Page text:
Marvell Technology Group has agreed to pay Carnegie Mellon University $750 million to settle a patent lawsuit the university filed against the company in 2009, the university announced. A federal appeals court in August partially vacated a judge's earlier ruling that Marvell pay Carnegie Mellon $1.169 billion for willfully infringing two patents for a chip technology.
The university said it would probably receive about $250 million after the two researchers who developed the technology receive their share of the proceeds and legal expenses are paid. A "broad consensus" exists that much of that money should be used to make the university more affordable to students, said the university's president, Subra Suresh.
U.S. Senator Richard Shelby, a Republican, is facing four challengers in the GOP primary, and all are criticizing his earmarks to Alabama universities, AL.com reported. The article explores how the universities say the earmarks improved programs -- and led to naming buildings for Shelby.
Submitted by Paul Fain on February 18, 2016 - 3:00am
In most states, public funding for higher education has not recovered in the wake of the last recession. And odds are that state disinvestment will get worse after the next economic downturn, according to New America. That, in turn, means more picking up slack by the federal government.
The think tank this week proposed a broad set of fixes to what it says is an "irreparably broken" financial and regulatory bargain between the federal government, states and colleges. New America's report, dubbed "Starting From Scratch," described the group's plan to change the current federal higher education funding structure from behaving like a voucher program, where aid follows students, to one based on formula-funded grants. It would eliminate federal student aid programs and replace them with grants to states.
To participate and receive federal funding, states would have to agree to maintain their higher education funding levels, to provide a 25 percent match for the federal grant and to play a more "active role" in holding colleges accountable for their performance. All types of colleges -- public, private and for-profit -- could participate. To receive grant money, institutions would need to have enrollments with at least 25 percent of students being low income, to meet student financial needs and to adhere to performance standards, such as graduation rates and labor-market outcomes for students.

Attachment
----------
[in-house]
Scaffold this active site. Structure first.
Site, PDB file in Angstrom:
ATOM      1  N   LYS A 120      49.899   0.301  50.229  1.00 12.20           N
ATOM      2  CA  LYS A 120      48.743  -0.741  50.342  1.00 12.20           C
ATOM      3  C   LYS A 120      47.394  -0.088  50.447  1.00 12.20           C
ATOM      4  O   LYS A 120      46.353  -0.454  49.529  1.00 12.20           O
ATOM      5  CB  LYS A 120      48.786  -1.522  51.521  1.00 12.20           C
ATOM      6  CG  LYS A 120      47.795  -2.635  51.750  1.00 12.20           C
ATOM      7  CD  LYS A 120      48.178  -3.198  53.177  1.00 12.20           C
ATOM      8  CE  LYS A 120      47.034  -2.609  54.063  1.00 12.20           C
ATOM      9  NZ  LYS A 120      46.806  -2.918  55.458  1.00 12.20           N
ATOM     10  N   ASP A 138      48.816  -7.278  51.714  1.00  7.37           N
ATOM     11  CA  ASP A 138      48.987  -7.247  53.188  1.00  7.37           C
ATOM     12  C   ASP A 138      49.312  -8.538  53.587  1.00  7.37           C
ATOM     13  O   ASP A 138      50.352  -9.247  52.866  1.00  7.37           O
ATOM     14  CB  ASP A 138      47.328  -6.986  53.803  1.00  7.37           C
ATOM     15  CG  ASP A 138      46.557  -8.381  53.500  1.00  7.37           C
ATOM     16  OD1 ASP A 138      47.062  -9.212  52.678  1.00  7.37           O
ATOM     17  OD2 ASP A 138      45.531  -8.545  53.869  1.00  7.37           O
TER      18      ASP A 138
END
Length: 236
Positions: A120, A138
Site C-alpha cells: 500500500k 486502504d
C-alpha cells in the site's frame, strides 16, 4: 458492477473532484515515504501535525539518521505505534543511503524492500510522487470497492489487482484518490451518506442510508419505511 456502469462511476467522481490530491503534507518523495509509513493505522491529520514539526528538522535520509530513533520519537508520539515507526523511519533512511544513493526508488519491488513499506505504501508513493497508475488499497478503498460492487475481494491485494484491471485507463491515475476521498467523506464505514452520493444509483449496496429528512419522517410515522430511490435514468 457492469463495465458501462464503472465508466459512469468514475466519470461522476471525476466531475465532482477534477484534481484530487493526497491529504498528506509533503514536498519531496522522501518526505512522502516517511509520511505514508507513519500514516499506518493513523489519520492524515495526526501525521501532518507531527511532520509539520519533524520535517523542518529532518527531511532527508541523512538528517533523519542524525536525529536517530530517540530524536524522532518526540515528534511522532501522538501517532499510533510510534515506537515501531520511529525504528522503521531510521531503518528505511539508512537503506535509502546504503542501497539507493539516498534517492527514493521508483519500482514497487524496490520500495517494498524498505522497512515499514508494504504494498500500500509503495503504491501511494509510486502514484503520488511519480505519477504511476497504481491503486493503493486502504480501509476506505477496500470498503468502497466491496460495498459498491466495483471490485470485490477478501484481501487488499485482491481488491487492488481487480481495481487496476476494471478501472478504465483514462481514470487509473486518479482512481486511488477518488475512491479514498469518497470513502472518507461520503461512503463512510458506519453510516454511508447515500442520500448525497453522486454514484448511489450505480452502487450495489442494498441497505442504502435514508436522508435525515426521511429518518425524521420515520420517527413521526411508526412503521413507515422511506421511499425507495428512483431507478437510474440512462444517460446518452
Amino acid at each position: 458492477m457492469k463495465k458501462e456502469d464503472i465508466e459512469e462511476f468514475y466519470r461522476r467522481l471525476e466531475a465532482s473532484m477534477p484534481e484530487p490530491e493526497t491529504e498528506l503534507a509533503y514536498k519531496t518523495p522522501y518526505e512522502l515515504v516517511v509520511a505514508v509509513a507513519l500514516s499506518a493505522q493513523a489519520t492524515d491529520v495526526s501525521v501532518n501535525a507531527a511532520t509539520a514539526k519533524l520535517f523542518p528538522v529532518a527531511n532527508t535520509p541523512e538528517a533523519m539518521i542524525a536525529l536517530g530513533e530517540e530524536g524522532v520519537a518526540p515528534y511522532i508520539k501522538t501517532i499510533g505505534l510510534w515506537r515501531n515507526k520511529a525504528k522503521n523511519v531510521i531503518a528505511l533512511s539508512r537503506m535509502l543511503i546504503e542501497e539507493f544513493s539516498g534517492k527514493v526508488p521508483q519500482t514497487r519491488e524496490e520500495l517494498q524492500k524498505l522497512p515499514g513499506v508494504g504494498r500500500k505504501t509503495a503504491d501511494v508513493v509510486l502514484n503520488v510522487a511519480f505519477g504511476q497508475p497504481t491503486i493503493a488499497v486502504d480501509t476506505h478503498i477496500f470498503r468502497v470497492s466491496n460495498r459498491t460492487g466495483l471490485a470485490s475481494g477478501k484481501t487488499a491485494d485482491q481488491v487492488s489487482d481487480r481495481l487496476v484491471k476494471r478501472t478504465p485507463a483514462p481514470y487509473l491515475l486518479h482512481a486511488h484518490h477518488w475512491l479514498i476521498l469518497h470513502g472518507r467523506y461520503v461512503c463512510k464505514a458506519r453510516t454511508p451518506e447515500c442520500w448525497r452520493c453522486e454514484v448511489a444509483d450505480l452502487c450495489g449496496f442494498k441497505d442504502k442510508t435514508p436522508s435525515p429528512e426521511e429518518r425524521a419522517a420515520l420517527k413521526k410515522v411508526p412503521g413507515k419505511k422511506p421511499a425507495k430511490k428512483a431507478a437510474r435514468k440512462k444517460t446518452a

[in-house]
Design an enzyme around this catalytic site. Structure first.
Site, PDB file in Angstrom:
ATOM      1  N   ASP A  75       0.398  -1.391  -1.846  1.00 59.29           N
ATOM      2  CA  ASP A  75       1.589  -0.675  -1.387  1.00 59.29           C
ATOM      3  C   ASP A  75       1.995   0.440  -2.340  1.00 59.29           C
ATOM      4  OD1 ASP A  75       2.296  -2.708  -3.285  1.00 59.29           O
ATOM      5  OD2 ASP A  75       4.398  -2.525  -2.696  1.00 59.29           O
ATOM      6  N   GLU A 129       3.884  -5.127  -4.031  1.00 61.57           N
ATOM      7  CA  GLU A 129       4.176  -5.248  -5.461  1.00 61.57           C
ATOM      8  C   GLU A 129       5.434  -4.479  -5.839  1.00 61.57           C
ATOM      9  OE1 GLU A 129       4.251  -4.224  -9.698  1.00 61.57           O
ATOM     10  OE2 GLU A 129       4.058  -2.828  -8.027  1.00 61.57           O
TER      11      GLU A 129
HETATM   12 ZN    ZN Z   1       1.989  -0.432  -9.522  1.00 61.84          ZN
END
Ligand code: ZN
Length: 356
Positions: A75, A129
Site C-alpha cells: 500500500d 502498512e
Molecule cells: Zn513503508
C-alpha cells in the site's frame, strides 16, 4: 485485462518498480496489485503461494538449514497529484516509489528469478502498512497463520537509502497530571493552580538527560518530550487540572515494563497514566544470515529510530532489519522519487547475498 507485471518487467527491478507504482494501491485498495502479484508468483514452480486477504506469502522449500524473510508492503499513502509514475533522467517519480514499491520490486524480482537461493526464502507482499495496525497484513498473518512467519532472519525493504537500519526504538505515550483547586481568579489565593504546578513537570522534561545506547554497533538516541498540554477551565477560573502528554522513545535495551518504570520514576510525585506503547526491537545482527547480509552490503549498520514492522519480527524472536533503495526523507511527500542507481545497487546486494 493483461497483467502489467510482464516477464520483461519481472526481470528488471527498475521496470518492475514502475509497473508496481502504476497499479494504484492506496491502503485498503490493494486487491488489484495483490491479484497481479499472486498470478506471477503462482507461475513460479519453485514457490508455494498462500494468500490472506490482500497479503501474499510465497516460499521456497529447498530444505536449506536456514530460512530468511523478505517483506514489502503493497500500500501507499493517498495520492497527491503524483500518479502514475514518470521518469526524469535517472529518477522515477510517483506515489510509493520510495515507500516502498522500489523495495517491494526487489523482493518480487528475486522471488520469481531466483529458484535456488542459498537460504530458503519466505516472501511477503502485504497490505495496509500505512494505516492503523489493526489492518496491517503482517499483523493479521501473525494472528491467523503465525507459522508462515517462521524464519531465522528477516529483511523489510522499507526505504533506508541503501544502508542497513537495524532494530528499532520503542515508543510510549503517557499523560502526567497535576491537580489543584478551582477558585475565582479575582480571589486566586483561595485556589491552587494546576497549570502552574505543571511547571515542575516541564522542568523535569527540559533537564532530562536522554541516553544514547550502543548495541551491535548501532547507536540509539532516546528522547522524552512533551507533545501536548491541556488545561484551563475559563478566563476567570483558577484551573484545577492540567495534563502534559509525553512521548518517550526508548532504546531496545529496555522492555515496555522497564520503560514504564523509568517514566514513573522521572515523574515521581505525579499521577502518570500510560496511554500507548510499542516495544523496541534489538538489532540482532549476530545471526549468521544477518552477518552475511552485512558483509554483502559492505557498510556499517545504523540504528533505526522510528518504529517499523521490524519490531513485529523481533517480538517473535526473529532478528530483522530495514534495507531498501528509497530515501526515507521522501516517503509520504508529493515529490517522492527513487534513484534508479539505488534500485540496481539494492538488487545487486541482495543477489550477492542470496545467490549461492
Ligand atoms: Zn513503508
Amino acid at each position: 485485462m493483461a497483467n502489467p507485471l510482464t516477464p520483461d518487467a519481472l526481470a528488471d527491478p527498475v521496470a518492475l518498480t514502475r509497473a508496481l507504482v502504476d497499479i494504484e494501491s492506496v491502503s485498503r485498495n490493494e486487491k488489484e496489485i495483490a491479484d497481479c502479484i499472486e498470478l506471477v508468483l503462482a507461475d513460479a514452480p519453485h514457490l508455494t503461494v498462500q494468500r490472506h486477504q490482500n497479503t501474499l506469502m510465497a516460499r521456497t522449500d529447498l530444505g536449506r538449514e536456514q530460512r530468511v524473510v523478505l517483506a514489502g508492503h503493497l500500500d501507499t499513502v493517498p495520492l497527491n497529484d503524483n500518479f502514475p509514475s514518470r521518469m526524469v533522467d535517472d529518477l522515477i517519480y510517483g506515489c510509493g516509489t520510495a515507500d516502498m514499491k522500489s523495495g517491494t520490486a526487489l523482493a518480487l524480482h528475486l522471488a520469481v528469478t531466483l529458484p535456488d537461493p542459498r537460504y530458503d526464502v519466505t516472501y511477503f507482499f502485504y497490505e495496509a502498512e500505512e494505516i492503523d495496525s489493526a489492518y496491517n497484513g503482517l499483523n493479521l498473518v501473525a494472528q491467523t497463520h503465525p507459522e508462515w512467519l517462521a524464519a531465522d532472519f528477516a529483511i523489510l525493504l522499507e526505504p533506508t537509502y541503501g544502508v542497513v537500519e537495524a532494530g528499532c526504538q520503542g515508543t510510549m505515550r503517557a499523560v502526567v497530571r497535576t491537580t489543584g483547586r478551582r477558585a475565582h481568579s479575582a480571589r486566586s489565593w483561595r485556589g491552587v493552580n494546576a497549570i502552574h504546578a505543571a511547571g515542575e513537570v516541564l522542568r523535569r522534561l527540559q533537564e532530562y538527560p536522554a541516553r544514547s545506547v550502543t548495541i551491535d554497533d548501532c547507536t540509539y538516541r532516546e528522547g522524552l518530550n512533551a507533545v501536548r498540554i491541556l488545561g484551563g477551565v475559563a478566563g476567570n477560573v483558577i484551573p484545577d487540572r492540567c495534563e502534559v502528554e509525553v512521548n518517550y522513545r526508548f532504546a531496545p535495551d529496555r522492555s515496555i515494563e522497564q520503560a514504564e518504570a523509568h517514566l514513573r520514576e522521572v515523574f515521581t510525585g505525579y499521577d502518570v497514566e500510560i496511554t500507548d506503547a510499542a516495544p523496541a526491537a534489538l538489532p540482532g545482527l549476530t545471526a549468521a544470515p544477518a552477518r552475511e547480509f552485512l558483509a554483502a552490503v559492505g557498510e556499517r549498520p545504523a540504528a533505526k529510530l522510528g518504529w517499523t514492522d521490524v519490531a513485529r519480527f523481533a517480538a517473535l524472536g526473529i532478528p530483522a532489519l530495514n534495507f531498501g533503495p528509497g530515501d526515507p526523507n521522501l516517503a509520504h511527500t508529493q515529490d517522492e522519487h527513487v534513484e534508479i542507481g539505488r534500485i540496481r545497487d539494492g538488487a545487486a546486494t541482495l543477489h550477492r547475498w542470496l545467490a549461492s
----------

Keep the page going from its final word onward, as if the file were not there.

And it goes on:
"Imagine a world where all student financial need is met. There are no federal loans, no Pell Grants and no higher education tax credits," the report said. "Instead, states receive formula funds for colleges that enroll a substantial share of low-income students and serve all students well."
Some of the group's ideas only work in the context of the full plan, said Kevin Carey, who directs the education policy program at New America. Yet the funding structure of higher education has become a hot-ticket issue, he said. Presidential candidates, for example, are talking about their own ambitious plans -- like free college on the Democratic side. The plan would cost about $39 billion annually in additional federal funding, compared to current spending levels. That's a similar amount to the cost of the higher education plan proposed by Hillary Clinton.
"This is a proposal that's very much in the mainstream in 2016," Carey said.
When colleges move down in the rankings, they respond by raising tuition, according to a new study.
Using data from U.S. News & World Report rankings between 2005 and 2012, researchers found that colleges are likely to set tuition higher after a sharp decline in status -- especially if their rivals are already charging higher tuition, and if they appeal widely to prospective students.
In higher education, status is a primary organizational goal, the authors write. For many universities, the higher price is strategic. Instead of reflecting the value of the institution, the price may be intended to send a message about the status a university aspires to.
Eastern Illinois University on Monday announced the layoffs of 198 civil service employees, the Associated Press reported. The move is the latest in efforts by public colleges and universities to deal with the failure of the state to adopt a budget and provide funds. Others who work at Eastern Illinois will face one furlough day a week. If the university starts to receive state funds by March 12, the layoffs will be rescinded.
Raymond Burse, president of Kentucky State University, warned in a letter to students, faculty members and alumni that budget cuts being proposed by Governor Matt Bevin, a Republican, could force the historically black college to close, Kentucky.com reported. The governor wants a 4.5 percent cut in the current fiscal year, followed by a 9 percent cut over the following two years. With enrollment falling, the university can't absorb such reductions, Burse said.
Chicago State University on Thursday declared that it was in a state of financial exigency due to the state failing to adopt a budget and provide funds, The Chicago Tribune reported. All public colleges and universities in the state have been voicing concerns about the impact of the state's inaction, but Chicago State has been warning that it may run out of money by next month. A state of financial exigency, under guidelines of the American Association of University Professors, means that a college's financial condition is so dire as to justify speedier elimination of faculty jobs, including tenured faculty jobs.